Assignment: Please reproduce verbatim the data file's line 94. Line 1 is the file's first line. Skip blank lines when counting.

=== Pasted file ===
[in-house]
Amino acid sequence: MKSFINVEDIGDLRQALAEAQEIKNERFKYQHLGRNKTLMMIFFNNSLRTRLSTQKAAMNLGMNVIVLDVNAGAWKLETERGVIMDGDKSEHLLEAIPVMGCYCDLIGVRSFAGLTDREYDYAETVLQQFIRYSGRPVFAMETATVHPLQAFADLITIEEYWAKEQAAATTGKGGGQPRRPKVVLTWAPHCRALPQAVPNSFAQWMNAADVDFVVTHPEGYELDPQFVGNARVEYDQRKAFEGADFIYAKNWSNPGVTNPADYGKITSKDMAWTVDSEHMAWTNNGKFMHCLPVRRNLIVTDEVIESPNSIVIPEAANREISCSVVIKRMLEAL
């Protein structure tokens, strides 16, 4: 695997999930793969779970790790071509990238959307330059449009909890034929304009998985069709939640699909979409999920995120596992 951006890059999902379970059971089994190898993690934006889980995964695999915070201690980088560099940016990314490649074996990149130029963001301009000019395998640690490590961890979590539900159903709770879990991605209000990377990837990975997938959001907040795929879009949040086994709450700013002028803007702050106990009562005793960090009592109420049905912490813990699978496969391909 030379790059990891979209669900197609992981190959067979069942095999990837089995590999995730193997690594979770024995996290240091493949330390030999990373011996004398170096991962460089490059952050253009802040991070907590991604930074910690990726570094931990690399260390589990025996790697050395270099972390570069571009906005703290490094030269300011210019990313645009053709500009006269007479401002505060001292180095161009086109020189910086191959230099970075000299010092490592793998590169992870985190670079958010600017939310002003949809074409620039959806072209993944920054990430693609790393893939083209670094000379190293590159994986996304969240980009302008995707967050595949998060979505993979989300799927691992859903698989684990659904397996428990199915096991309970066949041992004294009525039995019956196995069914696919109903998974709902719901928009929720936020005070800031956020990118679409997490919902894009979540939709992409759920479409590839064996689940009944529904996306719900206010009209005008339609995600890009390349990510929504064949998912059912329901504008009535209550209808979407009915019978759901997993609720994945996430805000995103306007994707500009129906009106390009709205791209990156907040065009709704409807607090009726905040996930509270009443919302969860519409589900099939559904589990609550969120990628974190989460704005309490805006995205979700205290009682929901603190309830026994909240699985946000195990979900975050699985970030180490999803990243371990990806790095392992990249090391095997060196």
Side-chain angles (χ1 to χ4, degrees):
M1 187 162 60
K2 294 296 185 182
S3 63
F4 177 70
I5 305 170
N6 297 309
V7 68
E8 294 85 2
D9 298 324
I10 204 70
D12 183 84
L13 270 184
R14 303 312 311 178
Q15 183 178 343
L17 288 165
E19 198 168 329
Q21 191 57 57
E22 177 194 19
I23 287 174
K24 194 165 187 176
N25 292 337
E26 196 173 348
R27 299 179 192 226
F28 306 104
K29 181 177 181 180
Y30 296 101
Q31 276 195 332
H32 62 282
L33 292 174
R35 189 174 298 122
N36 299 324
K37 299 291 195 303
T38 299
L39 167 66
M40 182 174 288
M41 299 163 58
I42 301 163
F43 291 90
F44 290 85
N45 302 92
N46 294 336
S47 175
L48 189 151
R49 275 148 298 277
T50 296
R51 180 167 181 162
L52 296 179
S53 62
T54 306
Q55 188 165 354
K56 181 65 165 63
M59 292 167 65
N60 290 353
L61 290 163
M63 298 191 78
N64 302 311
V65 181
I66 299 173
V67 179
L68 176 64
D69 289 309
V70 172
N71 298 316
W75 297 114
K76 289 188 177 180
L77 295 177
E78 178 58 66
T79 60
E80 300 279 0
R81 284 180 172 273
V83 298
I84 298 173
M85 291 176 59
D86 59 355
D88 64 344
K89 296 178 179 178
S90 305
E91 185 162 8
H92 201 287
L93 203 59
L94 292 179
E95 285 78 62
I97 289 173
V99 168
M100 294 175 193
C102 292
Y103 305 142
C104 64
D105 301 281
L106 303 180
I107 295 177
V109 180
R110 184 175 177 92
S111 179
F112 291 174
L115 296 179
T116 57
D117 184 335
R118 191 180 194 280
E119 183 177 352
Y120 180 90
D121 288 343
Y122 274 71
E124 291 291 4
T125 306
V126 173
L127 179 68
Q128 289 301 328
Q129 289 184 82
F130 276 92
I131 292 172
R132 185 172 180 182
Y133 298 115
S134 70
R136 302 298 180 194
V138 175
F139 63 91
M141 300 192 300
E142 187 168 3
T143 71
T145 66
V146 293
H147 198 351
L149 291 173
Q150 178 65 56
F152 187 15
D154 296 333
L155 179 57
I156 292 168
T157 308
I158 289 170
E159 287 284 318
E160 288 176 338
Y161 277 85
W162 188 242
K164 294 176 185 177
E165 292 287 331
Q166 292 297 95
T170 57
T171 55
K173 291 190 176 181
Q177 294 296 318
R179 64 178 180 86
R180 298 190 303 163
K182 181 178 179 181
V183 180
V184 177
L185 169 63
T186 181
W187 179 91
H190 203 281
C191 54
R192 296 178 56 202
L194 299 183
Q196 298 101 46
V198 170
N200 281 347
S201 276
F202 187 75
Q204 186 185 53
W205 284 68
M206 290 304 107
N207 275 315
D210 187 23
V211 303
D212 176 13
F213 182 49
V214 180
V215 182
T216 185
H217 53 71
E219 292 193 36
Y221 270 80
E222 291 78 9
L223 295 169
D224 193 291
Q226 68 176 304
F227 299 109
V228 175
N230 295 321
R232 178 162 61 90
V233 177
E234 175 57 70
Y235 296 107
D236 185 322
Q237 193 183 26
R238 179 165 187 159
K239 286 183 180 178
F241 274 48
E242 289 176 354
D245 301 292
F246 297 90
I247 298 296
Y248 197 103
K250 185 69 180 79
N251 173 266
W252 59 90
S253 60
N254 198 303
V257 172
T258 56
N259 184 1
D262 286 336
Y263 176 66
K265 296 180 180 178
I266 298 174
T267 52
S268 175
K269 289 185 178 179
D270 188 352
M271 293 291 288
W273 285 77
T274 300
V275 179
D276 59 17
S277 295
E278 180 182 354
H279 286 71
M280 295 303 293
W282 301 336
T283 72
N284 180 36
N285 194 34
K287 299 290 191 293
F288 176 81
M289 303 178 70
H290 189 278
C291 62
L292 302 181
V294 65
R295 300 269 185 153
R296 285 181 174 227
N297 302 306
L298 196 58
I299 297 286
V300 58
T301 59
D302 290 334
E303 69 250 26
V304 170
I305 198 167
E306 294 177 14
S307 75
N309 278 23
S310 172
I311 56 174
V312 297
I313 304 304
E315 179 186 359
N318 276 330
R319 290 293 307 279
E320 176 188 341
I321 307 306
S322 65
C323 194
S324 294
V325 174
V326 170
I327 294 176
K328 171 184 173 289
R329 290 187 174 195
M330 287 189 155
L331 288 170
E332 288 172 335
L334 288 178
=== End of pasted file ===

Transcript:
L106 303 180